Vitamin C helps maintain your physical defense system, in other words, our skin and other tissues that are exposed to materials found outside your body. Vitamin C is also an antioxidant, meaning it can also fight free radicals in the body, thereby decreasing inflammation and supporting the immune system. Citrus fruits (orange, grapefruit, lemons, tangerines), kiwi, pineapple, strawberries, peppers, broccoli, and cantaloupe are all rich in Vitamin C.
Zinc sends signals in your immune cells that direct how they respond to infections in your body. Zinc keeps your skin healthy, which prevents foreign
invaders from entering your body. Zinc is also an important mineral for your sense of smell and taste. Foods such as whole grains, red meat, some seafood (oysters, clams, tuna) are all good sources of zinc.
Probiotics are good bacteria that promote health. While we may not think of the immune system as living in the belly, 70 to 80% of our immune system is located in the gut. The gut and the immune system are completely intertwined. However, two strains have been widely researched for immune health: Lactobacillus acidophilus and Bifidobacterium lactis.
Lactobacillus acidophilus is a strain of Lactobacillus bacteria, which produce lactic acid and primarily live in the small intestine. One in-vitro study indicates that Lactobacillus may be effective at triggering the expression of viral defense genes, therefore stimulating the immune system. They're also protective against harmful bacteria, like E. coli. Bifidobacterium lactis - (Bifidus) is the most common in the colon or large intestine. They produce the short-chain fatty acid butyate, which keeps the colon cells functioning optimally. In one study, researchers found that subjects who consumed bifidobacteria showed enhanced levels of natural immunity. You'll find these strains of probiotics in cultured dairy products such as yogurt and in fermented foods, such as kefir and kimchi.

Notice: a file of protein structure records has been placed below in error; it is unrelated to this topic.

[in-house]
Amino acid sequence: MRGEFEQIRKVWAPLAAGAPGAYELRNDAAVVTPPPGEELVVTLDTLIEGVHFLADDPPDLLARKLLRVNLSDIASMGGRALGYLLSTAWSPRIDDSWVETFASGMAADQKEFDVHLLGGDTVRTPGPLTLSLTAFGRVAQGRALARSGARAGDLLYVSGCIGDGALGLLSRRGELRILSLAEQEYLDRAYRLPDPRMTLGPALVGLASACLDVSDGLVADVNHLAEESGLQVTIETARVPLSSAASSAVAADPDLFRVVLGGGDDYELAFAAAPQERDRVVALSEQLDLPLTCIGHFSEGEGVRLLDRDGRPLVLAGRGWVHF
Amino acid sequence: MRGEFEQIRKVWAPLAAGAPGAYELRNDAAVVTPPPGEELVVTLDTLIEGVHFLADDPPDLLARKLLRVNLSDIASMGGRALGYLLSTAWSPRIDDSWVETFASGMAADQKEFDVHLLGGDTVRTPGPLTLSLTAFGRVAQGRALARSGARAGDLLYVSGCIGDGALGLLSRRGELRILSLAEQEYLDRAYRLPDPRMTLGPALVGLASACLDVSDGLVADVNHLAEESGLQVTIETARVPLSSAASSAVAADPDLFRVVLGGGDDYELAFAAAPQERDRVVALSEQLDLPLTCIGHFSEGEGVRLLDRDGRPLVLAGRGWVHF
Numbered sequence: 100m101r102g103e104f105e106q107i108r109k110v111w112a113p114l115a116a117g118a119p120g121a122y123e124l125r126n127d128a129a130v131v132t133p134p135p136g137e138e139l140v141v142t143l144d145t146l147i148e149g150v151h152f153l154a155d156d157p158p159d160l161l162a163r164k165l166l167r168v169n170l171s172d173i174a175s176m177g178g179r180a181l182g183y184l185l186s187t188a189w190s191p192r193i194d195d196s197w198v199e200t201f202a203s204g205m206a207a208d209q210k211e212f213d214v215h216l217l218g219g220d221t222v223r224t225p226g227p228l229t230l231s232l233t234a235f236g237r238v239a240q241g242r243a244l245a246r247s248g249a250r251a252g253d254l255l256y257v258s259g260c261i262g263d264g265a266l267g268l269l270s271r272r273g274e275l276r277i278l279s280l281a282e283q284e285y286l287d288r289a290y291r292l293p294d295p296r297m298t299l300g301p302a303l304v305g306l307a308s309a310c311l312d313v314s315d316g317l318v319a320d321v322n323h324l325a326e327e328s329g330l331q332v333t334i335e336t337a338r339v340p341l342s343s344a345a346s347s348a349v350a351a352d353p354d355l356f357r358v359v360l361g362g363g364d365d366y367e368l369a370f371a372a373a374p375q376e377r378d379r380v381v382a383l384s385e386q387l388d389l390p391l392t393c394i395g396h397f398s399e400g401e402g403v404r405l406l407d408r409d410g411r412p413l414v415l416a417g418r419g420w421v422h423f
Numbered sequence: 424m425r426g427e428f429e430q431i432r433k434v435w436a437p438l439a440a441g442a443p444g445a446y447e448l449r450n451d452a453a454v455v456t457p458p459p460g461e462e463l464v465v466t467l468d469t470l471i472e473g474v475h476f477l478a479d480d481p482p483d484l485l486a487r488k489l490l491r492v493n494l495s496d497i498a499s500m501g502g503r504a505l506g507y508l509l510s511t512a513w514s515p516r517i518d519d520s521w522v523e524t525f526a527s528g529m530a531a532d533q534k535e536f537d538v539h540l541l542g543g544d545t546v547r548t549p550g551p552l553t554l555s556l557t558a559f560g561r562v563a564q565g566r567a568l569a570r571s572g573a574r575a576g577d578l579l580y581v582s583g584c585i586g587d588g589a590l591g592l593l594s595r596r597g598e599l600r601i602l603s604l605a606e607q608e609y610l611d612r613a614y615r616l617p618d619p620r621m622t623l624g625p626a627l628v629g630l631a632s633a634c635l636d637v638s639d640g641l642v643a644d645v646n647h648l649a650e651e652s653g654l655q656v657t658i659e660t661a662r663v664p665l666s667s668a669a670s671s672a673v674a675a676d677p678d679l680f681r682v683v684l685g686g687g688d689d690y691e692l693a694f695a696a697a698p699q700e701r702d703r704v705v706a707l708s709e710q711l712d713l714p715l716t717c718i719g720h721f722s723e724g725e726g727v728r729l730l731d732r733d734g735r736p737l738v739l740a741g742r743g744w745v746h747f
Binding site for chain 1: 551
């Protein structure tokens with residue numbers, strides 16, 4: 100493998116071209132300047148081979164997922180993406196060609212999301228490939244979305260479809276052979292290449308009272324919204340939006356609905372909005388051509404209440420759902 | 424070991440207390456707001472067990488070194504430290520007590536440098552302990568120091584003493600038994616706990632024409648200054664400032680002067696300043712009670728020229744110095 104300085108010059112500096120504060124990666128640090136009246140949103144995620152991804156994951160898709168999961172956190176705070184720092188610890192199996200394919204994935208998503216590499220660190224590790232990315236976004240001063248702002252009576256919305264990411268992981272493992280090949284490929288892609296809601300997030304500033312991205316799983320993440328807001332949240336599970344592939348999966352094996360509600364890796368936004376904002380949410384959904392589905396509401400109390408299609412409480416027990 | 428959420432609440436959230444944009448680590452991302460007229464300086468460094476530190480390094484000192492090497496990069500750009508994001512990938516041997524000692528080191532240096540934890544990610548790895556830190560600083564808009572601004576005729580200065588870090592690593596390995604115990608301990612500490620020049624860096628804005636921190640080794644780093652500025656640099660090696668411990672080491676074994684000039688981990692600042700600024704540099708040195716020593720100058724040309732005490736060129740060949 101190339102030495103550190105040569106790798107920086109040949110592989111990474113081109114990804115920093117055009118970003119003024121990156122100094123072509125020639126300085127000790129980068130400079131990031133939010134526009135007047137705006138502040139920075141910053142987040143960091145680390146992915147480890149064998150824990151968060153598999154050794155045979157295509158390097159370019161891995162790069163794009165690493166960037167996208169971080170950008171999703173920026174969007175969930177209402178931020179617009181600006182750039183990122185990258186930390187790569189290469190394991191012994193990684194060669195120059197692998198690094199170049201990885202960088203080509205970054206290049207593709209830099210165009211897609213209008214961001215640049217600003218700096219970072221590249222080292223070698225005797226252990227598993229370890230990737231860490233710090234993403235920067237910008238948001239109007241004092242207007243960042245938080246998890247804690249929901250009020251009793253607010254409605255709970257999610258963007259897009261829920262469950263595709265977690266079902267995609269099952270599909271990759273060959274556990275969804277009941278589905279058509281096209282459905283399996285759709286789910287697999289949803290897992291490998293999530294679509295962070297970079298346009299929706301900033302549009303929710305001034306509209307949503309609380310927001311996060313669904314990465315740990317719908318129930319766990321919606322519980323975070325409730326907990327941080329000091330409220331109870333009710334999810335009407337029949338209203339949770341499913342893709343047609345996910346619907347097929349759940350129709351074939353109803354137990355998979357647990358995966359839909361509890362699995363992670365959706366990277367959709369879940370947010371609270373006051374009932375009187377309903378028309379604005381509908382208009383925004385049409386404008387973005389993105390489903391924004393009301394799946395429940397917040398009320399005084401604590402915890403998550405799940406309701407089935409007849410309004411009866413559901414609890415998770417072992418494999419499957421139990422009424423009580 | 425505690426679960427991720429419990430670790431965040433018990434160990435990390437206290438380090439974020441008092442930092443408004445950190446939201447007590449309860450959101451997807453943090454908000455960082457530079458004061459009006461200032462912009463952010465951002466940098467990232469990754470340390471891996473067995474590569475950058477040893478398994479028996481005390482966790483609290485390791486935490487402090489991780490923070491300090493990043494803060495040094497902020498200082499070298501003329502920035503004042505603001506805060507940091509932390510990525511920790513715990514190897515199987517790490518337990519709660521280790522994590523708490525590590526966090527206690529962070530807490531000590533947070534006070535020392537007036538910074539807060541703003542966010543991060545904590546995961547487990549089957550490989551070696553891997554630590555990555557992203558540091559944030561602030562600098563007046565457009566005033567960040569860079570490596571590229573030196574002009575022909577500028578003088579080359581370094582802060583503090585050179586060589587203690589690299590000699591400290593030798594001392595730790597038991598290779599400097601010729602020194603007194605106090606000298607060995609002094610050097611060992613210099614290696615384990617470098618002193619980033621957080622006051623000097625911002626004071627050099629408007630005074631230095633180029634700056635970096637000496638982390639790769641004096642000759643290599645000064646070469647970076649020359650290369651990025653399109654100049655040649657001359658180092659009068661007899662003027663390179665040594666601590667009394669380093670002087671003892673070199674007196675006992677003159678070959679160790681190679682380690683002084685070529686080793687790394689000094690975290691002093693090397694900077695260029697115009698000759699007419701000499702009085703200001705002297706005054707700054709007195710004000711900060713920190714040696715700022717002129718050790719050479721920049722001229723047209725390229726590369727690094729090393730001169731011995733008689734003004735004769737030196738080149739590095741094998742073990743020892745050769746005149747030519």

"Regular physical activity might contribute to a more effective immune response - it may help flush bacteria out of the lungs and airways. Also, the brief rise in body temperature during and right after exercise, may prevent bacteria from growing." Dietitian- Nutritionist, Maryann Gallucci